Long-term forest demography

Project PI

  • Jim Clark, Nicholas School of the Environment, Duke University

USFS collaborators

  • Chelcy Ford Miniat
  • Jim Vose

Postdoctoral associates, past and present

  • Sean McMahon, SERC
  • Jessica Metcalf, Princeton University
  • Soledad Benetiz Ponce, Duke University
  • Wei Wu, Assistant Professor, Univ Southern Mississippi

PhD students, past and present

  • Brian Beckage, Univ Vermont
  • Dave Bell,Univ Wyoming
  • Aaron Berdanier, Duke
  • Mike Dietze, Boston University
  •  Michelle Hersh, Eastern Michigan State
  • Janneke HilleRisLambers, Univ Washington
  • Ines Ibanez,Univ Michigan
  • Matthew Kwit, Duke
  • Shannon LaDeau, Cary Inst
  • Jason McLachlan, Notre Dame
  • Jacqueline Mohan,Univ Georgia
  • Emily Moran, UC Merced
  • Brad Tomasek, Duke
  • Mike Wolosin, Pew Center for Climate Change
  • Pete Wyckoff, Univ Minnesota, Morris
  • Kai Zhu, Nicholas School of the Environment, Duke University

Funding: National Science Foundation


The Long-term Forest Demographic (LTFD) Analysis was established to understand how climate and competition interact to control change in eastern forests.  The network, originally established as five stands in the southern Appalachians in 1991, has expanded to include the Piedmont and foothills and now eastern North and Central America.  The project has been supported by a number of NSF grants, including the Coweeta LTER.  It continues with support that includes  NSF’s Macrosystems Biology Program.

From the inception observations on natural variation in space and time were combined with experimental manipulation of the competitive environment.  The data set now extends over 20 yrs from 40,000 trees and > 350,000 tree-years.  We have quantified the interactions between temperature, drought, and competition for light and moisture vary widely between species and size classes.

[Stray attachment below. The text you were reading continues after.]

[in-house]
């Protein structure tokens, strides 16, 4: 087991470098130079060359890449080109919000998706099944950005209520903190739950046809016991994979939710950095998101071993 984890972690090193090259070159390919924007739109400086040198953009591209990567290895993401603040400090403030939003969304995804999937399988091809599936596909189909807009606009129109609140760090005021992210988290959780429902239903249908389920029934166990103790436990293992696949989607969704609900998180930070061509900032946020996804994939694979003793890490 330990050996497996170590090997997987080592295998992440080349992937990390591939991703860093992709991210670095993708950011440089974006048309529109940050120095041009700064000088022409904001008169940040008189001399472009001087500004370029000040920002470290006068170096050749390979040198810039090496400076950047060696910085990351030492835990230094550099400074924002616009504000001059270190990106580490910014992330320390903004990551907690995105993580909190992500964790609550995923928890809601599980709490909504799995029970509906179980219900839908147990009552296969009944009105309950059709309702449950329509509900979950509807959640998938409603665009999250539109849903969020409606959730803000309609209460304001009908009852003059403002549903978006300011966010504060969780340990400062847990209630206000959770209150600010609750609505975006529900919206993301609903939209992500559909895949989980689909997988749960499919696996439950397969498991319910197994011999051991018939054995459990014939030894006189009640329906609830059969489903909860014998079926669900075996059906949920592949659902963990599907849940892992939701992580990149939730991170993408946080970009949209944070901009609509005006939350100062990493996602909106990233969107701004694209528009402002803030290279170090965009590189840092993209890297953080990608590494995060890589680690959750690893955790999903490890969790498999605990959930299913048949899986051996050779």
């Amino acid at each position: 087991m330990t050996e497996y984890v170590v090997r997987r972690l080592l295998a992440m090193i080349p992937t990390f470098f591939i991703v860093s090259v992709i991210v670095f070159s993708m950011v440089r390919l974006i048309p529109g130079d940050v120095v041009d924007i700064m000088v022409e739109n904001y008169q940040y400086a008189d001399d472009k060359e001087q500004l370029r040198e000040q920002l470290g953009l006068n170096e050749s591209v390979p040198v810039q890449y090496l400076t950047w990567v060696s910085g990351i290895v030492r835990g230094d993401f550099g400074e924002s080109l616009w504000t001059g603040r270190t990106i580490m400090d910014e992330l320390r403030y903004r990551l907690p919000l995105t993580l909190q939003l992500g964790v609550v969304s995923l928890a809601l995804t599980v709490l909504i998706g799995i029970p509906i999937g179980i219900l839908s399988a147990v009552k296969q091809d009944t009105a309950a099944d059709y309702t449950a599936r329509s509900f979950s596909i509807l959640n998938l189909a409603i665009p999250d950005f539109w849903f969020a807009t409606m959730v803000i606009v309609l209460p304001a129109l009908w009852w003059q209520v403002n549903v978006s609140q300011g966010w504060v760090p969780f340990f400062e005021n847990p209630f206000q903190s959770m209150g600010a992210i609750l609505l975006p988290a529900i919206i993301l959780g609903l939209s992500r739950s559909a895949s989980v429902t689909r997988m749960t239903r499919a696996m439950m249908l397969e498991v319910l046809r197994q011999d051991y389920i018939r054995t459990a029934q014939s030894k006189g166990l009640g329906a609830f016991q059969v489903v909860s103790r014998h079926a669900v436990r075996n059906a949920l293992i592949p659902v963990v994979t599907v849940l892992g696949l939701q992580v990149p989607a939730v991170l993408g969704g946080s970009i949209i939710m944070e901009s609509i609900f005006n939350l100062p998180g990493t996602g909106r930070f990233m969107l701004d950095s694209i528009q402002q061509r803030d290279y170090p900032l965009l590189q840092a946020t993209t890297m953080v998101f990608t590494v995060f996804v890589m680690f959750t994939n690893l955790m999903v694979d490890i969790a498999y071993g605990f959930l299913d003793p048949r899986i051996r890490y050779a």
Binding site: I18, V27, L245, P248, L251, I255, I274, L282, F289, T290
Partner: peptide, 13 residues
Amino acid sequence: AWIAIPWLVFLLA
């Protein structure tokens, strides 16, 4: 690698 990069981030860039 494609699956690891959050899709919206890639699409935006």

Early studies quantified basic demographic rates, introducing the emerging hierarchical Bayes paradigm, organized as state-space models.  New modeling innovations have continued to play a large role in this research.

Recent publications

  • Bugalho, M.N., I. Ibánez, and J.S Clark. 2013. The effects of deer herbivory and forest type on tree recruitment vary with plant growth stage. Forest Ecology and Management, in press.
  • Clark, J.S., D. M Bell, M. Kwit, A. Powell, And K. Zhu. 2013. Dynamic inverse prediction and sensitivity analysis with high-dimensional responses: application to climate-change vulnerability of biodiversity.  Journal of Biological, Environmental, and Agricultural Statistics, in press.
  • Ghosh, S., D. M. Bell, J.S. Clark, A.E. Gelfand, and P. Flikkema.  2013. Process modeling for soil moisture using sensor network data. Statistical Science, in press.
  • Wu, W., Clark, J.S., and J. Vose. 2013. Response of hydrology to climate change in the southern Appalachian Mountains using Bayesian inference. Hydrologic Processes, in press.
  • Gelfand, A.E., S. Ghosh and J. S. Clark. 2013. Scaling integral projection models for analyzing size demography. Statistical Science, in press.
  • Ward, E.J., D.M. Bell, J.S. Clark and R. Oren. 2012. Hydraulic time constants for transpiration of loblolly pine at Duke FACE. Tree Physiology, 33, 123-134.
  • Ward, E.J., R. Oren, D.M. Bell, J.S. Clark, H.R. McCarthy, H. Seok-Kim and J.-C. Domec. 2012. The effects of long-term elevated CO2 and nitrogen fertilization on stomatal conductance estimated from scaled sap flux measurements at Duke FACE.  Tree Physiology, 33, 135-151.
  • Rapp, J.M., M. R. Silman, J. S. Clark, C.A. J. Girardin, D. Galiano, and R. Tito. 2012. Intra- and inter-specific tree growth across a long altitudinal gradient in the Peruvian Andes. Ecology, 93:2061-2072.
  • Clark, J.S., B.D. Soltoff, A.S. Powell, and Q.D. Read. 2012. Evidence from individual inference for high-dimensional coexistence: long term experiments on recruitment response. PLoS One, 7 e30050. doi:10.1371/journal.pone.0030050.
  • Moran, E.V. and J.S. Clark. 2012. Causes and consequences of unequal seed production in forest trees: a case study in red oaks. Ecology, 93:1082-1094.
  • Ghosh, S., A.E. Gelfand, K. Zhu, and J.S. Clark. 2012. The k-ZIG: flexible modeling for zero-inflated counts. Biometrics, 68:878-85.
  • Moran, E.V., J. Willis, and J.S. Clark. 2012. Genetic evidence for hybridization in red oaks. American Journal of Botany, 99, 92-100.